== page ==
Association of Concerned Africa Scholars Review (previously: Bulletin)
ACAS Bulletin 79: Special Issue on Zimbabwe Crisis

An Open Letter to South African President Thabo Mbeki

June 2008

The motivation behind this issue originates in our dismay at the growing urgency of the situation in Zimbabwe. Human rights are being violated with increasing frequency. See, for one example, a report recently published by the Zimbabwe Association of Doctors for Human Rights (ZADHR). Please read it; a link to the report appears at the end of this issue. We also have personal friends in Zimbabwe who have confirmed that such violations are indeed taking place, and at the hands of people acting in the name of the state. Such a development is in direct violation of all that the liberation struggles against colonialism in southern Africa stood for. We call for all speed and urgency from every agency acting to influence the government of Zimbabwe to allow for the run-off election to be free and fair. Additionally, we insist upon a halt to the intimidation, murder, and beating of persons deemed opposition supporters.

What has Mugabe’s rhetoric wrought, that the call to protect human rights is cast as a neo-imperialistic impulse? It was from studying the human rights abuses committed against colonized people in Africa, Jews in Nazi Germany, and enslaved Africans in America, that led many of us here in the United States to realize how important human rights are. We became teachers of African history in the interest of, among other things, making Americans aware of the evils of colonial rule as seen in the Smith and Apartheid regimes of the 20th Century. We want to see no more such atrocities committed, such as those suffered by Biko and countless thousands of others, by anyone in power against anyone, anywhere, no matter the race or religion or economic condition of the persons involved at either end of the power scale.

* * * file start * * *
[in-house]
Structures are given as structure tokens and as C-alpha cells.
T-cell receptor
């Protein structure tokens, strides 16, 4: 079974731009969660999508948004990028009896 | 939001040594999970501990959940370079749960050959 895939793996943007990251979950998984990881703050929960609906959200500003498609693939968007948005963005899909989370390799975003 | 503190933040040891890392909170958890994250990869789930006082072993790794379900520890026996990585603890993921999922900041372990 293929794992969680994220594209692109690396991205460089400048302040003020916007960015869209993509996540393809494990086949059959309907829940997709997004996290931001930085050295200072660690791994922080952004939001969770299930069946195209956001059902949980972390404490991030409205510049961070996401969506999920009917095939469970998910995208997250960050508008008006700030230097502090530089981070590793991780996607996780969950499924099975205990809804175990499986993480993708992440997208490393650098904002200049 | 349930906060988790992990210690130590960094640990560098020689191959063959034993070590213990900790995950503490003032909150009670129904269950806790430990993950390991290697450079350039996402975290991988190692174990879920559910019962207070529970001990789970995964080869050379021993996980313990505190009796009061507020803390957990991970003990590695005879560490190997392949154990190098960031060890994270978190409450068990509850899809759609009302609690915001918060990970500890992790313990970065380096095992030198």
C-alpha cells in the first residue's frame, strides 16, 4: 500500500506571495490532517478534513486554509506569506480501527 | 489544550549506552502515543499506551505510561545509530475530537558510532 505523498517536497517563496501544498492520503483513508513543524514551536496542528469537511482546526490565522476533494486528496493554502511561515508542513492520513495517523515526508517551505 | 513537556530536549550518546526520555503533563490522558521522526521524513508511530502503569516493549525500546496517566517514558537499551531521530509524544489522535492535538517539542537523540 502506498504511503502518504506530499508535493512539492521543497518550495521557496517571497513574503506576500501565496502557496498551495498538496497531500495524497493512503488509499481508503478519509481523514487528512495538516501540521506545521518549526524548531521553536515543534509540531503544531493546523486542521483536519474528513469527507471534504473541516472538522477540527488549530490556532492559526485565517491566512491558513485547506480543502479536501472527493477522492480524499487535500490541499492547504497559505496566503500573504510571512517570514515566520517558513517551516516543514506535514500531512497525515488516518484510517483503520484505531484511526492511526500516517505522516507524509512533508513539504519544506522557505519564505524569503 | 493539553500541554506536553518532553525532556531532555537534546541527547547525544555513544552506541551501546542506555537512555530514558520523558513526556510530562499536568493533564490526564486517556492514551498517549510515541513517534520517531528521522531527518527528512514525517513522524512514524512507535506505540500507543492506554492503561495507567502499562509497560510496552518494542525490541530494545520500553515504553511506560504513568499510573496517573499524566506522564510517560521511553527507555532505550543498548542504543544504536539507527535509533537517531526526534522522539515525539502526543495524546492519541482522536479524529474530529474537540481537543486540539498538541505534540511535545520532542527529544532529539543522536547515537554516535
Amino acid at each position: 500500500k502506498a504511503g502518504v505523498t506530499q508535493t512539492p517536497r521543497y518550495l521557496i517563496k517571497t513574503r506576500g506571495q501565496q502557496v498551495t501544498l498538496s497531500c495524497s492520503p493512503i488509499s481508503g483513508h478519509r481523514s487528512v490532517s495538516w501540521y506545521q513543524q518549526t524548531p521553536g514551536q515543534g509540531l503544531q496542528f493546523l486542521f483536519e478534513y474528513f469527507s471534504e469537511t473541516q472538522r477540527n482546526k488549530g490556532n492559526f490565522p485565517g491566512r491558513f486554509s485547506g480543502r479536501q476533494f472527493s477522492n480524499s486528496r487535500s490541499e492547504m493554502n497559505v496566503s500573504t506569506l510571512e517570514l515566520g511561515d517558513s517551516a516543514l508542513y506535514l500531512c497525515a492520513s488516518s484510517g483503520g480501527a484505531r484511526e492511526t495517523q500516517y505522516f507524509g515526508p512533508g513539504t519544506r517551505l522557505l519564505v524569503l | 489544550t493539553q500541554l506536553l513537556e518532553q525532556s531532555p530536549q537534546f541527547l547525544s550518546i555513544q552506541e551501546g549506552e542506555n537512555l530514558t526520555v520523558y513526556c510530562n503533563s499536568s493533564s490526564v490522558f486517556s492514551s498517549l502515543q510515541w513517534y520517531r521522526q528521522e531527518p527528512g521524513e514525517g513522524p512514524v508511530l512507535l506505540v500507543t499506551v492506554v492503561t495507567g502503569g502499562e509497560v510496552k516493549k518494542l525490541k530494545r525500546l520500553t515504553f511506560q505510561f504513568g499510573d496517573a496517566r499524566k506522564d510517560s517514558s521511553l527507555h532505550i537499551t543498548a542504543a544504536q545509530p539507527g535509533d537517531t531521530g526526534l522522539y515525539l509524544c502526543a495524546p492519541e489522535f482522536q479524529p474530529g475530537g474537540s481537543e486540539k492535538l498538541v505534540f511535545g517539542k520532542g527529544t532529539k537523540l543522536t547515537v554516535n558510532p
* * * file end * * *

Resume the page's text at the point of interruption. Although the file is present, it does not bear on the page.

How is it that President Mugabe and his supporters can take the desire for a free Zimbabwe and from that somehow twist it to accuse people like us of neo-imperialism – we who cry out against the beating of grandmothers, children, pregnant and nursing women, beautiful and irreplaceable sons and fathers? The people of Zimbabwe sacrificed their lives and their well-being in the 1970s so that they could be free to express their views, to choose their own leaders, and to chart their own way forward to a prosperity that they could build for themselves. Zimbabwe’s people did NOT make the sacrifices of the liberation war so that Mugabe’s government could send militias out to beat, brutalize, and terrorize them. Haven’t southern Africans had enough of that under the previous regimes that were defeated at such cost and after such long struggle? The world looks to South Africa, the UN, and the SADC, to take courage and convincingly call upon Mugabe and his government to act in protection of its people, immediately, before another precious human life is damaged or lost.

About the Author

Wendy Urban-Mead, Bard College,


Link to the May 9, 2008 Zimbabwe Association of Doctors for Human Rights (ZADHR) Report, available at

See also the statement in support of the ZADHR by the Physicians for Human Rights:

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